Line the “doldrums” rumors up alongside 15 years of confirmed August cow-tipping, and you’ll find it hard to justify nights on the couch
One of the age-old struggles for those of us who sustain massive head injuries and soon thereafter decide we’d better answer the trumpet blast of piscatorial destiny/redneck celebrity and start writing about fishing that, for all the immediate clamoring over climate change, things just aren’t progressing fast enough to drum brand-new target gamefish species into our local waters. I’m thinking tarpon, Pacific yellowtail, and the mysterious dogtooth tuna would spice things up nicely.
Alas, it appears that for the foreseeable future, we’ll have to live with the half-dozen or so fishing options—species-wise—we’ve known, fished, and read about since single-digit ages.
In reality many of us in the rod-and-reel department work on a much shorter hit list of striped bass, tuna, striped bass and tuna, fluke and sea bass, or striped bass and more striped bass. Having flushed so many waking hours of adult life in that storied predator’s pursuit, I have a thorough understanding of the various short-circuits, pitfalls, blind spots, and self-destructs that keep aspiring stripermen off-balance.
Now it’s August, water temps are headed toward a seasonal apex, and if 20 years of month-eight striper scores hold any clues about what happens next, the fleet-wide catch rate should be about ready to fall apart—not for every striper seeker, but for a high percentage of guys trying to stay focused, get something steady going before the wind cranks up and fishing time starts disappearing four days at a clip.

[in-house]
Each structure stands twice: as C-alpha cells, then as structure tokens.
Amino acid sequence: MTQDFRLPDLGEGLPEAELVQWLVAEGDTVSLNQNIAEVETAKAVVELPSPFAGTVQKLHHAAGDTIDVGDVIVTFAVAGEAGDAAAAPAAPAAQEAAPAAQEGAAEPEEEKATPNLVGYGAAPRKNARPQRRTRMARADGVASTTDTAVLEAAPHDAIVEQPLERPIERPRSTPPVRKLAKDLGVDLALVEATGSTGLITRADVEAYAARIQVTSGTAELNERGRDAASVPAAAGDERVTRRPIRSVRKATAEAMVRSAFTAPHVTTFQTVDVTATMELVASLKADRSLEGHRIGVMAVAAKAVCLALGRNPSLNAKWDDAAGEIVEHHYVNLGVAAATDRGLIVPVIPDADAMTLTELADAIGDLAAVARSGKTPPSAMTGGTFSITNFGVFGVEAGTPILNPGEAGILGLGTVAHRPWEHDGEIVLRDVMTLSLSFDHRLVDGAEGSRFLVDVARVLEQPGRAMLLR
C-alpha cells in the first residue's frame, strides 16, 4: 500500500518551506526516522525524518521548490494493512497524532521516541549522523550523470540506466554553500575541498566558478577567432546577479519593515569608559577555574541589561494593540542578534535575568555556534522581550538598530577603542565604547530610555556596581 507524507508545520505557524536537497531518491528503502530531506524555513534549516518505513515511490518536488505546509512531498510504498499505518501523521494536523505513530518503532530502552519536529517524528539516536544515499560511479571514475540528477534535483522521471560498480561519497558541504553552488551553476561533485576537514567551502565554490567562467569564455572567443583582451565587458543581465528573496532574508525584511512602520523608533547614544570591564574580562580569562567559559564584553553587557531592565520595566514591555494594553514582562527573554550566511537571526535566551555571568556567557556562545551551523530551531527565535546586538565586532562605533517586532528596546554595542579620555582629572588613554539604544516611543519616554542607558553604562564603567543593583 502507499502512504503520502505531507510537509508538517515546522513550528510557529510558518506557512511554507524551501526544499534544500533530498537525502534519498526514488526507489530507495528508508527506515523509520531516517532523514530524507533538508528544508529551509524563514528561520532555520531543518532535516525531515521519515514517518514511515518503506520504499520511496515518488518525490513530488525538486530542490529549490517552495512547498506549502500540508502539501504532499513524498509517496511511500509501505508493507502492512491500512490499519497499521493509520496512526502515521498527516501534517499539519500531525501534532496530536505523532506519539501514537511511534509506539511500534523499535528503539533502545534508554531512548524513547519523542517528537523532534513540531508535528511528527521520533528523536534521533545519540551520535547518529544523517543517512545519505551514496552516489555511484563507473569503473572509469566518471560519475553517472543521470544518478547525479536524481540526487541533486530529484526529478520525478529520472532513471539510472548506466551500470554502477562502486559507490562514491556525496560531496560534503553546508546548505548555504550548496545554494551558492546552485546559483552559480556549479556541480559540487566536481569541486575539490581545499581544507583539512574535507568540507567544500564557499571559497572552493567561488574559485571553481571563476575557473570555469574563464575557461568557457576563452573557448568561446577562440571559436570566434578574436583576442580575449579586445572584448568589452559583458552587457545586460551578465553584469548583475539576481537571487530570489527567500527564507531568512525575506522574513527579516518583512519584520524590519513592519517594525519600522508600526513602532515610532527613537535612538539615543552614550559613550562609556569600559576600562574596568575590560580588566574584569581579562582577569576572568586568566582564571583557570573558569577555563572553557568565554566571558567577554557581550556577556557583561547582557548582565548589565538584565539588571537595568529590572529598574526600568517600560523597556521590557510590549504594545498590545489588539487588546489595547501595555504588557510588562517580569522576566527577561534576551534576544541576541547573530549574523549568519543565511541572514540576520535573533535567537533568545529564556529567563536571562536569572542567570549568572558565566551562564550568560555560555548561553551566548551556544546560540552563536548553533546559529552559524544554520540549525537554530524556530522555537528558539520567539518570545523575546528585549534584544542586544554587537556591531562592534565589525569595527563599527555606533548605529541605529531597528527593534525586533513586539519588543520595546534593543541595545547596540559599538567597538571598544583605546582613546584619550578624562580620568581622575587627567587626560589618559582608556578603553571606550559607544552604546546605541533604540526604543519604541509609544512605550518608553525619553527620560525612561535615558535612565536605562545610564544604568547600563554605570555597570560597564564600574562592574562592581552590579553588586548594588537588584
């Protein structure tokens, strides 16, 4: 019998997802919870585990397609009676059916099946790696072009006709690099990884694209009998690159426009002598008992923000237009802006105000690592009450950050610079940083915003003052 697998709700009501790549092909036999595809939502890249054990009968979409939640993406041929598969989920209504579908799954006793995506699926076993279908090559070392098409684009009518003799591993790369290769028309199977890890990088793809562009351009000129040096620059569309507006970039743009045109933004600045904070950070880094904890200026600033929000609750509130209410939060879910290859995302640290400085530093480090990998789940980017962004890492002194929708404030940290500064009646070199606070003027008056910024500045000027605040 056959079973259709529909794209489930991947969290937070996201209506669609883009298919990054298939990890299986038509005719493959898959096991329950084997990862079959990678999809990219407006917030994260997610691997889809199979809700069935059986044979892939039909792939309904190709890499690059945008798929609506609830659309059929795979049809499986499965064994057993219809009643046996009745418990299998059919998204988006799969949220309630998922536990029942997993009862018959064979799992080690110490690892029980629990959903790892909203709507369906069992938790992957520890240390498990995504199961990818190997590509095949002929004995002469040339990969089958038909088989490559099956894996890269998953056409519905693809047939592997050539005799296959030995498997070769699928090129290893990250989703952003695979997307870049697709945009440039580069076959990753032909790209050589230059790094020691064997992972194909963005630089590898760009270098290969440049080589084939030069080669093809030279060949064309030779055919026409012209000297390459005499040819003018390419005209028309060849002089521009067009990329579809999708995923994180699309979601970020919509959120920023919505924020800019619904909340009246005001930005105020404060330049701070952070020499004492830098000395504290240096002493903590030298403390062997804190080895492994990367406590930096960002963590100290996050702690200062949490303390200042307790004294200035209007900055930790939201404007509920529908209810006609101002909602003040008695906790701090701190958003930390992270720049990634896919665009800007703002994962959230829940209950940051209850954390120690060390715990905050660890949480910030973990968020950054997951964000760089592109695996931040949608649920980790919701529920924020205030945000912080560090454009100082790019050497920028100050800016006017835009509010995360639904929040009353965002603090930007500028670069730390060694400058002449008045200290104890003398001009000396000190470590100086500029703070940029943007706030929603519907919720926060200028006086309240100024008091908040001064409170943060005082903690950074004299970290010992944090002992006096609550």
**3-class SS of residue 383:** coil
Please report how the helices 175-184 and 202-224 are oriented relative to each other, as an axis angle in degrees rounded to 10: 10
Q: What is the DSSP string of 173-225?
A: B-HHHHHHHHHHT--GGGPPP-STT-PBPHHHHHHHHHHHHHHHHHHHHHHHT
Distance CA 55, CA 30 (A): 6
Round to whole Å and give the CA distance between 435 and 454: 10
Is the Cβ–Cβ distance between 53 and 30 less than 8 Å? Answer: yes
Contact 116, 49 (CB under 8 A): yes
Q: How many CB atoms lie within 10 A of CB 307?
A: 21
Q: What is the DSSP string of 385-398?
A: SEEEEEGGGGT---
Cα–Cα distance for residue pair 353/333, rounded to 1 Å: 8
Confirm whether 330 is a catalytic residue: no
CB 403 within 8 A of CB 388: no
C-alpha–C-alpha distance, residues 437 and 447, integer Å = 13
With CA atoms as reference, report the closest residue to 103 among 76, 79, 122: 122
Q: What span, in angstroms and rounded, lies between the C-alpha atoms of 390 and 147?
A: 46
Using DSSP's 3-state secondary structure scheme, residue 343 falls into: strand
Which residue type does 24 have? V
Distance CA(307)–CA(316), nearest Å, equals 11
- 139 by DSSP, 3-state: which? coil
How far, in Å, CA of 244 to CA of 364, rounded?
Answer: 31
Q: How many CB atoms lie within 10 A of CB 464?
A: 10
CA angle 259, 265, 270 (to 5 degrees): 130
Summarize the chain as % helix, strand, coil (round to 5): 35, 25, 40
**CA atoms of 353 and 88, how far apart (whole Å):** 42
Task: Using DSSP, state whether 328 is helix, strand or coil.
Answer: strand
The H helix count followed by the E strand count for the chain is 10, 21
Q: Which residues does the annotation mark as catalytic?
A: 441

The hope in the following section is to give the less seasoned folks who’ve been striking out with hot-water bass some ideas about the holes in their strategies—and lay out, in quick strokes, some solutions that may be hard to run down elsewhere in more technical self-styled “expert”-level articles in shinier publications.
Obvious as it is to some reading this, there isn’t a singular “high” or “low” that applies everywhere at once. The tides on the tackle shop chart or in the local paper are usually from one tide “station.” In Rhode Island, for example, the tide of record for much of the state is Newport. But different favored striper grounds will lag anywhere from 20 minutes to three hours behind the listed high or low—or, in other locations, max out well ahead of that time.
Don’t Slack. Flow.
More important than the highs or lows from the tide charts are running tides—flood and ebb—that accelerate and slow again during the near-6- hour span between high tide (high slack) and low tide (low slack). In bass fishing, regardless of fishing methods (slow-trolling wire line, chunking at anchor, or, most commonly, drifting with eels or other live baits), you may get in the habit of working out tidal timing against high or low.
The period of a moving tide that coincides with maximum current velocity is one key variable; with the exception of the biggest tides of the month right around the full and new moons, you’ll generally want to be out drifting during the hardest push of moving tide.